On the road from Lowlucken’s Organic Farm, March 10, 2010
We are all playing hide and seek with Real Life. We talk of jobs and appartments as if they were secrets, speaking in whispers so that it can’t hear us. We respond to job postings on the sly. We worry about What Next in moments stolen from our schedule, while tossing under our the covers, where we think it can’t catch us. That is why we travel so much, piling quickly into the van, hurrying and stumbling over each other so that real life won’t notice our departure. He has agents everywhere, in glasgow and across the UK. His network spans continents and his welldressed agents operates without remorse. We can’t stay too long in any one place lest they catch us.
Most of us, if caught, would quiver. Would blanche and admit lingering insecurity and try to patch up the the accusation (spoken with the familiar jocularity of an old friend) that we had been avoiding it. But Mia would laugh. Over her two years off, she confides, while sapping and blacksmithing and milking sheep, she has earned not a handful of dollars. But she has earned milk, good goatsmilk, and according to Mia she would take goatsmilk over dollars any day. So Mia would laugh at real life’s boned face in its black cowl, and into it’s hungrylooking fingers she would place a glass jar of fresh milk.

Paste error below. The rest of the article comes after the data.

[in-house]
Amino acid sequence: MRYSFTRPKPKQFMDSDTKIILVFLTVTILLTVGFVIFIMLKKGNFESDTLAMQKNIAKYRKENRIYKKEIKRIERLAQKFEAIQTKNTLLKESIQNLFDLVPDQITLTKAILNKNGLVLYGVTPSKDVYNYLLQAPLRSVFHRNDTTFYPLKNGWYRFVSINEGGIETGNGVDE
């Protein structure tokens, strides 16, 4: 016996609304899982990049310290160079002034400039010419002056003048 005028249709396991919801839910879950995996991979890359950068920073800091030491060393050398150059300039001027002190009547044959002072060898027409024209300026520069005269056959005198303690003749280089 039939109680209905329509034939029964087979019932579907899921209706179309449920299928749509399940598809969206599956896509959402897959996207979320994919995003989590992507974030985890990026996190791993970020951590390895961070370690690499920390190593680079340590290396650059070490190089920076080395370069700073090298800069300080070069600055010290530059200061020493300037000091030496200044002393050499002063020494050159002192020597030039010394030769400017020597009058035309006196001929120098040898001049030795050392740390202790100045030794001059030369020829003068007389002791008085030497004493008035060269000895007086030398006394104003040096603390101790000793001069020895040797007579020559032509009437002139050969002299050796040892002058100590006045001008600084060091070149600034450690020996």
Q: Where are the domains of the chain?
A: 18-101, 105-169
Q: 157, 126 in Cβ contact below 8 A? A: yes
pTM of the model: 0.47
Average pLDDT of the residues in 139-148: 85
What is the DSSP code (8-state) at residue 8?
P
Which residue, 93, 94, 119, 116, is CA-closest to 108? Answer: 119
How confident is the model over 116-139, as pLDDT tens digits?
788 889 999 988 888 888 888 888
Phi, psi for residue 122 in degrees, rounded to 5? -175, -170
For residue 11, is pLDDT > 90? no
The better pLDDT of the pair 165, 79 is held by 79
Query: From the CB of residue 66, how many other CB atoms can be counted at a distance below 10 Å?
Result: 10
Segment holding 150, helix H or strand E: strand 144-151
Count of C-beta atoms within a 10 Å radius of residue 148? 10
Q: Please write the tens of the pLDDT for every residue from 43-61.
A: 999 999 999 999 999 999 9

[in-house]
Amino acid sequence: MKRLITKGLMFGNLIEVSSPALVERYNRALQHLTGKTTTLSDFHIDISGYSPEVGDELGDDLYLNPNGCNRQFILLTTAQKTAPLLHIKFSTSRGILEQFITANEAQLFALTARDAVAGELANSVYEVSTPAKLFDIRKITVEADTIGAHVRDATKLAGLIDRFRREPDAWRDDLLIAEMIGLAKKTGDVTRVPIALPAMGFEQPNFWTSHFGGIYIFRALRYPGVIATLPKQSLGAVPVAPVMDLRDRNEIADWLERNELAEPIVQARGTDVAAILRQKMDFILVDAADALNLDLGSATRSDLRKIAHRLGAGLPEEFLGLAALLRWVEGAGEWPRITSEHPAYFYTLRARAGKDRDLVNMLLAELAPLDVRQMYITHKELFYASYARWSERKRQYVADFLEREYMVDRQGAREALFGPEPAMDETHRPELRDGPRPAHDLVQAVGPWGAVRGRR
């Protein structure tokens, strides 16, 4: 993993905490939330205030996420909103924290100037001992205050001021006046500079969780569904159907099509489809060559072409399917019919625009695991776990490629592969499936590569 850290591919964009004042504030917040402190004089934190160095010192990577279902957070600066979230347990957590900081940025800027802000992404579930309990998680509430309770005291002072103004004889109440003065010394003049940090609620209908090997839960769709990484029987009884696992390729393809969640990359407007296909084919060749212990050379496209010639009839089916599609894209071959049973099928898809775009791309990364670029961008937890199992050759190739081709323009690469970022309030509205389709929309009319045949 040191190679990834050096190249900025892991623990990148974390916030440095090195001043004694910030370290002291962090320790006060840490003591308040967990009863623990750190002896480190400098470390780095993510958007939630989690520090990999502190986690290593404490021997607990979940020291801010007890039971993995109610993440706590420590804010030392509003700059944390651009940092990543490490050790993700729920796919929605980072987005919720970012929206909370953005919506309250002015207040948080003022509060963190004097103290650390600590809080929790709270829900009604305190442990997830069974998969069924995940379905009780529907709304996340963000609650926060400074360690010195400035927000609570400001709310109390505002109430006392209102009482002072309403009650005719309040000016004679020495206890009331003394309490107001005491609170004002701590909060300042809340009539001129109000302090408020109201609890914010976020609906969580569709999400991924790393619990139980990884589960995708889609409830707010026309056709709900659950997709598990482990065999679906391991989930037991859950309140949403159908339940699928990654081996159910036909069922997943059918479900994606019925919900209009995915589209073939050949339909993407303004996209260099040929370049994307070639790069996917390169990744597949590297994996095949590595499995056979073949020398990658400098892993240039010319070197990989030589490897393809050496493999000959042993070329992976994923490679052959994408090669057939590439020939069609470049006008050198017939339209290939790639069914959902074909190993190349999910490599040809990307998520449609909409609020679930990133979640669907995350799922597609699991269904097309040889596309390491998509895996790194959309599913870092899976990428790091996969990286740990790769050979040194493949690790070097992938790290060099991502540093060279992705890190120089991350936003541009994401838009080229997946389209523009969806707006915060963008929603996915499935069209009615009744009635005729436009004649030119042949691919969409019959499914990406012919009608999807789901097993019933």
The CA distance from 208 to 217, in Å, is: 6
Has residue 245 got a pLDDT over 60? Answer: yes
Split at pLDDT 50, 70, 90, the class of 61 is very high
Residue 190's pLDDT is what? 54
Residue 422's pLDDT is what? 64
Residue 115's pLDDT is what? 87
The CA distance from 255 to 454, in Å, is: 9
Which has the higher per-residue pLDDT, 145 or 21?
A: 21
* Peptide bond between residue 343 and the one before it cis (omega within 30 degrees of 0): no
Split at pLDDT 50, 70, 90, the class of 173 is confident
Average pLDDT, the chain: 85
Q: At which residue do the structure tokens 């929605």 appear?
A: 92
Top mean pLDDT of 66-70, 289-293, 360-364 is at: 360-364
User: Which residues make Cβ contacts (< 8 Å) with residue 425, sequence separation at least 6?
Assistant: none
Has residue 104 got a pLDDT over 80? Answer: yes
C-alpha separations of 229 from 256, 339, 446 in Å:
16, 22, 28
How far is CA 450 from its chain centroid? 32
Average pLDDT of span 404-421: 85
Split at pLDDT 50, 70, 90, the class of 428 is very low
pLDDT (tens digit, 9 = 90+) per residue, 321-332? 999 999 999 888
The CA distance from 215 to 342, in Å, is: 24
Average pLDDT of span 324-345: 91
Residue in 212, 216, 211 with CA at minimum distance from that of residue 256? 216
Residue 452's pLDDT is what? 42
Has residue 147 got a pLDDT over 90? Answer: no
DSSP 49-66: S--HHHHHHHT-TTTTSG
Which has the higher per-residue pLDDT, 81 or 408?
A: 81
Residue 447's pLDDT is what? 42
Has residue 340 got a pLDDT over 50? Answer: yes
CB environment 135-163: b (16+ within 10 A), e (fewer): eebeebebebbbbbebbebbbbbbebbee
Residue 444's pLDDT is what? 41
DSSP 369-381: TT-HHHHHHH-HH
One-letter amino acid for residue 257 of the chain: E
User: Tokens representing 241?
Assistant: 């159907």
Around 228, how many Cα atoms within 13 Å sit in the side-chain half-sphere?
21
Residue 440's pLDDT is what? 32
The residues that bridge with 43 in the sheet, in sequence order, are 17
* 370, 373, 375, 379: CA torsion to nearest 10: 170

Me, I try to extend a friendly hand to real life even while trying to escape from it. Knowing that with his mutts nose and falcolns eyes he will track my trail eventually, i try to blackmail the blackmailer. I do dishes in hosts’ houses, even when our hosts have a dishwasher. (Real life admires goid work and clean bowls). Laundry cures the blues, and sometimes I treat myself to a good dose of making sandwiches. I stuff three foiled bundles of pita, peanut butter, and apple slices into my backpack: sandwich security. Should real life come busting into our van, I will give him a sandwich, my offering, and he will not hurt me.